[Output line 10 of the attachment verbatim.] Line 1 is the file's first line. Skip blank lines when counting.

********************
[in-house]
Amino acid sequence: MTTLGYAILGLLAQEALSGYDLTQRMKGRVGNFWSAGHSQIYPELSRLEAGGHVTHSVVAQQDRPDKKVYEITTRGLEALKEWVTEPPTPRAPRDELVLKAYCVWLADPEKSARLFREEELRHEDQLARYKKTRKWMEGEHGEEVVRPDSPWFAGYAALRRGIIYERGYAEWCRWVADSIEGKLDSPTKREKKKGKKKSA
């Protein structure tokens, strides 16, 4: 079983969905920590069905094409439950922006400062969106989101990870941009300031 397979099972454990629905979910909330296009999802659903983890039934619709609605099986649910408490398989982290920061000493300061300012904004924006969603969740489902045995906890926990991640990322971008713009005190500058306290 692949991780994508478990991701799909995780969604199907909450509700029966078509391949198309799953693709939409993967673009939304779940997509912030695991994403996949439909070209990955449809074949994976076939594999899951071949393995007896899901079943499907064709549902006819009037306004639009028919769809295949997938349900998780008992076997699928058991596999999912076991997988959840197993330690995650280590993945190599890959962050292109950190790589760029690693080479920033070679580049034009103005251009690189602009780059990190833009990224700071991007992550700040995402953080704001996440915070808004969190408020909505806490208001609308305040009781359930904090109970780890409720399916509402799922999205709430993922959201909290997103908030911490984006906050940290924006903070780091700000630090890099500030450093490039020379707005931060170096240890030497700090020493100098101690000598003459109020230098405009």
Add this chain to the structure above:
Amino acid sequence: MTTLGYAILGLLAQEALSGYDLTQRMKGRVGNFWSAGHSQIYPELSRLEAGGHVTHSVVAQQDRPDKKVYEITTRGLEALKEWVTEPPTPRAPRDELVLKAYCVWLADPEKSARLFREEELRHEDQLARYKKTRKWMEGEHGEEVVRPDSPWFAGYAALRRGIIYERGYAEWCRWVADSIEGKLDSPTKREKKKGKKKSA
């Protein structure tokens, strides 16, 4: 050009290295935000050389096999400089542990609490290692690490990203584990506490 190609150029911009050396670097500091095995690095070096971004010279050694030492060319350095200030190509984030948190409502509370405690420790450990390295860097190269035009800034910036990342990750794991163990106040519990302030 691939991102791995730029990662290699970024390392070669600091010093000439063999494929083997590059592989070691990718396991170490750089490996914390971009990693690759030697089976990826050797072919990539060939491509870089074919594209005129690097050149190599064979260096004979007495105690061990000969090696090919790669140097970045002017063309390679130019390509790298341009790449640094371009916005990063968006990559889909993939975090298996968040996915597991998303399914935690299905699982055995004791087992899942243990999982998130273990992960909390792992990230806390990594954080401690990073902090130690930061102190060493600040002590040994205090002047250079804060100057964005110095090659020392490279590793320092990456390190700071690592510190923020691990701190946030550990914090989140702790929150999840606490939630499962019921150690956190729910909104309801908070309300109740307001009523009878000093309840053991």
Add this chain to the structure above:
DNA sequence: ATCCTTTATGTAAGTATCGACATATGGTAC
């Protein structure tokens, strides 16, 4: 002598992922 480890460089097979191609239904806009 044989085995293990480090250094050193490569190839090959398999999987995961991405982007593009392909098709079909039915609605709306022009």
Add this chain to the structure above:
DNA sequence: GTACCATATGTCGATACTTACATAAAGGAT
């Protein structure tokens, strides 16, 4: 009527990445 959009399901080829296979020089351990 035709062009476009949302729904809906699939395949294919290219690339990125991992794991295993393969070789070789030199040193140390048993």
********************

Add this chain to the structure above: